Buckets full of gross, but are readers guano scoop up an entire series? Snot likely.

FEAR THE BARFITRON

From the Monster Juice series , Vol. 1

A blatant bid for the Goosebumps audience, with added gushes of vomit.

Nerdy middle schooler Chris discovers that the old-age home at which he volunteers is populated by decrepit, bingo-loving vampires, werewolves and other monsters. As if that’s not terrifying enough, the home is attacked by an army of cat-sized “sussuroblats,” cockroaches with sharp teeth in drooling human mouths. The plot makes a convenient framework on which to hang tantalizing references to grease, farts, school-lunch items like “Salisbury Snake” and suchlike. They escalate into actual juicy burps, funky smells, cascades of phlegmy goo in decorator hues and encounters with the odd slimy tentacle or crunchy spider before the main attraction begins: hurling, and lots of it. As it turns out, learning that the butyric acid in vomit is death to sussuroblats, Chris and his buddies need only manage to lead them all into the local amusement park’s dizzying Gravitron and have them spew all over each other to dissolve the threat. Easy peasy.

Buckets full of gross, but are readers guano scoop up an entire series? Snot likely. (Gross-out horror. 10-12)

Pub Date: Aug. 15, 2013

ISBN: 978-0-448-46226-4

Page Count: 192

Publisher: Grosset & Dunlap

Review Posted Online: May 29, 2013

Kirkus Reviews Issue: June 15, 2013

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A didactic blueprint disguised as a supernatural treasure map.

GHOST GIRL

A girl who delights in the macabre harnesses her inherited supernatural ability.

It’s not just her stark white hair that makes 11-year-old Zee Puckett stand out in nowheresville Knobb’s Ferry. She’s a storyteller, a Mary Shelley fangirl, and is being raised by her 21-year-old high school dropout sister while their father looks for work upstate (cue the wayward glances from the affluent demography). Don’t pity her, because Zee doesn’t acquiesce to snobbery, bullying, or pretty much anything that confronts her. But a dog with bleeding eyes in a cemetery gives her pause—momentarily—because the beast is just the tip of the wicked that has this way come to town. Time to get some help from ghosts. The creepy supernatural current continues throughout, intermingled with very real forays into bullying (Zee won’t stand for it or for the notion that good girls need to act nice), body positivity, socio-economic status and social hierarchy, and mental health. This debut from a promising writer involves a navigation of caste systems, self-esteem, and villainy that exists in an interesting world with intriguing characters, but they receive a flat, two-dimensional treatment that ultimately makes the book feel like one is learning a ho-hum lesson in morality. Zee is presumably White (as is her rich-girl nemesis–cum-comrade, Nellie). Her best friend, Elijah, is cued as Black. Warning: this just might spur frenzied requests for Frankenstein.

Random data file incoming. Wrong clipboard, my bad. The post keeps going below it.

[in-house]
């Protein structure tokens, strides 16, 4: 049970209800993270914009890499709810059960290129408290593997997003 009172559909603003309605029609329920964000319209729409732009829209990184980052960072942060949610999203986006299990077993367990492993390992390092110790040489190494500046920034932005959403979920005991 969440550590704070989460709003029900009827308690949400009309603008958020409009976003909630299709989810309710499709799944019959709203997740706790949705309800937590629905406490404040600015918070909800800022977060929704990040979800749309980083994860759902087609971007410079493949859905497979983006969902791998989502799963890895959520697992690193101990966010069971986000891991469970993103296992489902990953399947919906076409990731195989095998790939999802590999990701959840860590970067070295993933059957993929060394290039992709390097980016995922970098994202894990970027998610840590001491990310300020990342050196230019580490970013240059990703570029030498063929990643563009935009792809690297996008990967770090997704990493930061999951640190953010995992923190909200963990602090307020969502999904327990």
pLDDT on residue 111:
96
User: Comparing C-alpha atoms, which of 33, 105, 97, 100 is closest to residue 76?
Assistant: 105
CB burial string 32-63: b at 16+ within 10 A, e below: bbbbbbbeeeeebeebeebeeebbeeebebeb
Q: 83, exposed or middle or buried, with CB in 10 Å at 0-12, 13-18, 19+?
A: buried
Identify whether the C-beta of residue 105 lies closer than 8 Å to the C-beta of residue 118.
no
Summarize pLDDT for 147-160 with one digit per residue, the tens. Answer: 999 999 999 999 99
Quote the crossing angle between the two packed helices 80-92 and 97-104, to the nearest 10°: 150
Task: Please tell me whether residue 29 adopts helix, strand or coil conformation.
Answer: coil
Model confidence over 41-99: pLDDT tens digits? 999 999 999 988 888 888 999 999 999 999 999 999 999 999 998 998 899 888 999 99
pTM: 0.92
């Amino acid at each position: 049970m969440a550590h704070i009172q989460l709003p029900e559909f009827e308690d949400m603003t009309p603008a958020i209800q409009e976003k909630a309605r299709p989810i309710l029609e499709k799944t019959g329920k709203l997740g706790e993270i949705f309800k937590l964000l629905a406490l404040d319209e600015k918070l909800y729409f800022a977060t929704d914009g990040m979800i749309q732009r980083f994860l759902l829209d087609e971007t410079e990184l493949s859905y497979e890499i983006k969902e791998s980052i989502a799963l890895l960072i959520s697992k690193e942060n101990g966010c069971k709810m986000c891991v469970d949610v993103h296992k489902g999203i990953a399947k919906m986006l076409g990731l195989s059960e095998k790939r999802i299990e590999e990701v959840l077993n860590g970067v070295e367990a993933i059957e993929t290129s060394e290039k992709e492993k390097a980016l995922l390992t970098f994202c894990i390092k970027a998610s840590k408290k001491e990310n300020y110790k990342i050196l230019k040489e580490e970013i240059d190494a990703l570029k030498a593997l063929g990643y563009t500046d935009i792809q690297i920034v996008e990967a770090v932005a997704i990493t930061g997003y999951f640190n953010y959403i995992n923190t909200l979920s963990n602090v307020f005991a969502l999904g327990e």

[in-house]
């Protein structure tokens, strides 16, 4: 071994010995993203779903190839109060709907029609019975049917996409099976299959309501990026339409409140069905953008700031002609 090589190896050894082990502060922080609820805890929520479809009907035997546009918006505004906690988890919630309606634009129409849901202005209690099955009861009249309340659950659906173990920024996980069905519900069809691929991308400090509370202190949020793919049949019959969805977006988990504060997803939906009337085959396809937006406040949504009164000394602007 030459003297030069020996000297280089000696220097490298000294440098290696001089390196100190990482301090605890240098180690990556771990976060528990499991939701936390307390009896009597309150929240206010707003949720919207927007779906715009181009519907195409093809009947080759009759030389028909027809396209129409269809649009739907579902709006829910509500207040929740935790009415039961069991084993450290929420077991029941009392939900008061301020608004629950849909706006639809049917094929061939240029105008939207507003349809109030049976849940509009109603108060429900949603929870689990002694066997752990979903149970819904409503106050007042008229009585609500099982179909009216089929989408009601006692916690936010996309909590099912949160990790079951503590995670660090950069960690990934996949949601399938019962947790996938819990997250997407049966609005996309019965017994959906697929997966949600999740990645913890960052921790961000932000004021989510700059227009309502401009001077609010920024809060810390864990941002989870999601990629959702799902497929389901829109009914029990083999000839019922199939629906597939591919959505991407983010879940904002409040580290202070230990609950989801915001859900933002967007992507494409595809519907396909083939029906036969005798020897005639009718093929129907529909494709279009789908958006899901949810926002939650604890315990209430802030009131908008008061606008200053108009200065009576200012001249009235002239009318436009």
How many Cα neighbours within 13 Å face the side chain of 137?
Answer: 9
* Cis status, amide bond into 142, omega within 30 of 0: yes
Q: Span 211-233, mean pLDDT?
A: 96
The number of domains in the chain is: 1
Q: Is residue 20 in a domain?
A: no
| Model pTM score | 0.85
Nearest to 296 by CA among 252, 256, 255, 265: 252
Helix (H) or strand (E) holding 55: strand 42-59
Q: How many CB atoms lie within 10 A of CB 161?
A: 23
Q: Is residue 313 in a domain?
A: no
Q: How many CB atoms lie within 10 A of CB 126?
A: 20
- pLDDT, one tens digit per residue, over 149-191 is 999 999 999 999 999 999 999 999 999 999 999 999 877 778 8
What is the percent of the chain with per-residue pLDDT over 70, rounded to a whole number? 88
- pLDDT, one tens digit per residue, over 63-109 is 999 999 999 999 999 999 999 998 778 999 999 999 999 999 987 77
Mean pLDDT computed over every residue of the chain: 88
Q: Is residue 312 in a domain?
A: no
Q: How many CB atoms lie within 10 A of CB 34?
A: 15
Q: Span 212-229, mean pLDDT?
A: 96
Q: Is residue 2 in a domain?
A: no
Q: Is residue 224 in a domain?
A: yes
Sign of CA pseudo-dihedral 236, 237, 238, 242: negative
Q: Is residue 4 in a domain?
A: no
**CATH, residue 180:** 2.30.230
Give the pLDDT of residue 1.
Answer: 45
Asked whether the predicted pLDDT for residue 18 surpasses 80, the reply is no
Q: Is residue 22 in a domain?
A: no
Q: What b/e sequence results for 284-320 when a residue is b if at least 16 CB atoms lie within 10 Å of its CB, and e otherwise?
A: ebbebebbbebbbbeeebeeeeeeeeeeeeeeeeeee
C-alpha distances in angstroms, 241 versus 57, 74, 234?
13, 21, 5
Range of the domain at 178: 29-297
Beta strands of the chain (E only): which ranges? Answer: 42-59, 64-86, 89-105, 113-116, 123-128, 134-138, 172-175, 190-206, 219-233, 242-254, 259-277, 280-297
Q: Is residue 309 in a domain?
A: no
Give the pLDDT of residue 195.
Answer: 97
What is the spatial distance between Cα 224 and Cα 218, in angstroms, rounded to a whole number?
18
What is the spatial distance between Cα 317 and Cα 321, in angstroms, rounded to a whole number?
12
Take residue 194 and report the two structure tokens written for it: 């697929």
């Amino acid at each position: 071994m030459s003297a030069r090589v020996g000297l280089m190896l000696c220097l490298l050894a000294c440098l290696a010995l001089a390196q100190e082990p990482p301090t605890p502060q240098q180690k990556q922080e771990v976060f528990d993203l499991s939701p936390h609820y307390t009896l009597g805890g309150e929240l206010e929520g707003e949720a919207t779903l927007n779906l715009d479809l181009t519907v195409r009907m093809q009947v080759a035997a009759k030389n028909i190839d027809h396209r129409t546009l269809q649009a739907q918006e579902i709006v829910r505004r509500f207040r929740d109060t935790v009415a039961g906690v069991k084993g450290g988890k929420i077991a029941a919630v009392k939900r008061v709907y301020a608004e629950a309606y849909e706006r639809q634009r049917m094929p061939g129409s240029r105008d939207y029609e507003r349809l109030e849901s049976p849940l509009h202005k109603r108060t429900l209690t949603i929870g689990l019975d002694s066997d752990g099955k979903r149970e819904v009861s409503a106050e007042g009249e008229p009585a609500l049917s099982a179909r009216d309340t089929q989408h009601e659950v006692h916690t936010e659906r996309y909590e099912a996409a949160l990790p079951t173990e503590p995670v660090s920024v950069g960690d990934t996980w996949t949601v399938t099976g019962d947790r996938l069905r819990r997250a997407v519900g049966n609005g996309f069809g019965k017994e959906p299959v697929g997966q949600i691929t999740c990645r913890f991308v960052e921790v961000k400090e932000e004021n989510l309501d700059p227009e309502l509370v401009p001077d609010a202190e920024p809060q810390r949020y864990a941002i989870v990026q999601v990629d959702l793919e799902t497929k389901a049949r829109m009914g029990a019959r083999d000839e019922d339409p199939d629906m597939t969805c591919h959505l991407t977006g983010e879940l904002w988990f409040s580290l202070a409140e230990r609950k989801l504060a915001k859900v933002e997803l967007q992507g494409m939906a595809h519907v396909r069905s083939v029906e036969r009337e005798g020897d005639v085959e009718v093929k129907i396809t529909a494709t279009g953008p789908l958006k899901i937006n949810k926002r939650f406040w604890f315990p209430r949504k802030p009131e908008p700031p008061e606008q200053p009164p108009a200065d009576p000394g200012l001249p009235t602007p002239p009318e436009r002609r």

A didactic blueprint disguised as a supernatural treasure map. (Supernatural. 10-12)

Pub Date: Aug. 10, 2021

ISBN: 978-0-06-304460-9

Page Count: 288

Publisher: Katherine Tegen/HarperCollins

Review Posted Online: June 11, 2021

Kirkus Reviews Issue: July 1, 2021

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A yarn as full of magic and intrigue as any fairy tale or pirate song.

GLOOM TOWN

Two friends team up to save their town from an ancient supernatural evil in this suspenseful middle-grade novel.

In his latest work, Smith (The Owls Have Come To Take Us Away, 2019, etc.) weaves together an eerie adventure narrative as nail-biting and mysterious as Roald Dahl’s The Witches. Set in a downtrodden seaside town appropriately named Gloom, the tale follows a single mother and her son. Desperate to help in the endless struggle to make ends meet, Rory, a young dark-skinned biracial boy who takes after his father instead of his white mother, regards a job notice advertising a valet position at the opulent Foxglove Manor as a godsend. He’s so eager he overlooks the townwide speculation that the manor contains some malevolent spirit. Before long, Rory can no longer ignore the sinister butler whose face looks inhuman, the mysterious dinner guests who aren’t served food yet leave behind a pile of bones with the marrow sucked out, and a human heart found buried in the back garden. When Lord Foxglove, his enigmatic employer, discovers Rory snooping, he is forced to flee for his life. Together with best friend Izzy, a white girl who lives next door, Rory sets out to unravel the mystery of the manor and save Gloom from whatever lurks inside. Anchoring this well-paced story is a solid cast of characters whose central relationships feel authentic and grounded.

A yarn as full of magic and intrigue as any fairy tale or pirate song. (Suspense. 10-12)

Pub Date: Feb. 11, 2020

ISBN: 978-1-328-84161-2

Page Count: 288

Publisher: Clarion Books

Review Posted Online: Nov. 10, 2019

Kirkus Reviews Issue: Dec. 1, 2019

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